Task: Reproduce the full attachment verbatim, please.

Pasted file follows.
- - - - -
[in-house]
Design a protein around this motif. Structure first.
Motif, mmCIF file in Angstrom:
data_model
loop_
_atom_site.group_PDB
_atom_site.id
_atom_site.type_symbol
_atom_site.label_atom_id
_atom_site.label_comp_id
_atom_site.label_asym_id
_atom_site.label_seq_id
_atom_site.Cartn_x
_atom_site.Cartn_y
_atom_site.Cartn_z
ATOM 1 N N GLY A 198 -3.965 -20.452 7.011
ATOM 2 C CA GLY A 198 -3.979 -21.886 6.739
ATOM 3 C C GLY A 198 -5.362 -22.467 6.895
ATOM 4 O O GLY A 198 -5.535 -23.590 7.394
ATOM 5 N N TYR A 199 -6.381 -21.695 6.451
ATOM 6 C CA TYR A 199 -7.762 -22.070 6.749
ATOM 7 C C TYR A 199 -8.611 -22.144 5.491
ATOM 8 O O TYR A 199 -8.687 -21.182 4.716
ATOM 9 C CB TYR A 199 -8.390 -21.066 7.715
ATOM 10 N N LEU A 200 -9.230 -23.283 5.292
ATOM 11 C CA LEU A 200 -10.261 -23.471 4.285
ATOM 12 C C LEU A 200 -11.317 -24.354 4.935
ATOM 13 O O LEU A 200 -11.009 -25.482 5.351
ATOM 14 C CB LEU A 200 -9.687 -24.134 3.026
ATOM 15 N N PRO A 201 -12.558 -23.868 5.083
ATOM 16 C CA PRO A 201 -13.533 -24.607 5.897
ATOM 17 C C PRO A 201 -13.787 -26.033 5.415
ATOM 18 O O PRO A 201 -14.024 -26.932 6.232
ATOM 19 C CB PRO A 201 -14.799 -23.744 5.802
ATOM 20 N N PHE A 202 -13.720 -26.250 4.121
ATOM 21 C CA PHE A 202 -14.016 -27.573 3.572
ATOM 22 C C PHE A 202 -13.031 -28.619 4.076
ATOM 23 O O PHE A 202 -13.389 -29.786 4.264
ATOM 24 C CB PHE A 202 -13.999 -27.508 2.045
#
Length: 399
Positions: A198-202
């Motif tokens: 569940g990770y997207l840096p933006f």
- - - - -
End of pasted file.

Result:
[in-house]
Design a protein around this motif. Structure first.
Motif, mmCIF file in Angstrom:
data_model
loop_
_atom_site.group_PDB
_atom_site.id
_atom_site.type_symbol
_atom_site.label_atom_id
_atom_site.label_comp_id
_atom_site.label_asym_id
_atom_site.label_seq_id
_atom_site.Cartn_x
_atom_site.Cartn_y
_atom_site.Cartn_z
ATOM 1 N N GLY A 198 -3.965 -20.452 7.011
ATOM 2 C CA GLY A 198 -3.979 -21.886 6.739
ATOM 3 C C GLY A 198 -5.362 -22.467 6.895
ATOM 4 O O GLY A 198 -5.535 -23.590 7.394
ATOM 5 N N TYR A 199 -6.381 -21.695 6.451
ATOM 6 C CA TYR A 199 -7.762 -22.070 6.749
ATOM 7 C C TYR A 199 -8.611 -22.144 5.491
ATOM 8 O O TYR A 199 -8.687 -21.182 4.716
ATOM 9 C CB TYR A 199 -8.390 -21.066 7.715
ATOM 10 N N LEU A 200 -9.230 -23.283 5.292
ATOM 11 C CA LEU A 200 -10.261 -23.471 4.285
ATOM 12 C C LEU A 200 -11.317 -24.354 4.935
ATOM 13 O O LEU A 200 -11.009 -25.482 5.351
ATOM 14 C CB LEU A 200 -9.687 -24.134 3.026
ATOM 15 N N PRO A 201 -12.558 -23.868 5.083
ATOM 16 C CA PRO A 201 -13.533 -24.607 5.897
ATOM 17 C C PRO A 201 -13.787 -26.033 5.415
ATOM 18 O O PRO A 201 -14.024 -26.932 6.232
ATOM 19 C CB PRO A 201 -14.799 -23.744 5.802
ATOM 20 N N PHE A 202 -13.720 -26.250 4.121
ATOM 21 C CA PHE A 202 -14.016 -27.573 3.572
ATOM 22 C C PHE A 202 -13.031 -28.619 4.076
ATOM 23 O O PHE A 202 -13.389 -29.786 4.264
ATOM 24 C CB PHE A 202 -13.999 -27.508 2.045
#
Length: 399
Positions: A198-202
């Motif tokens: 569940g990770y997207l840096p933006f």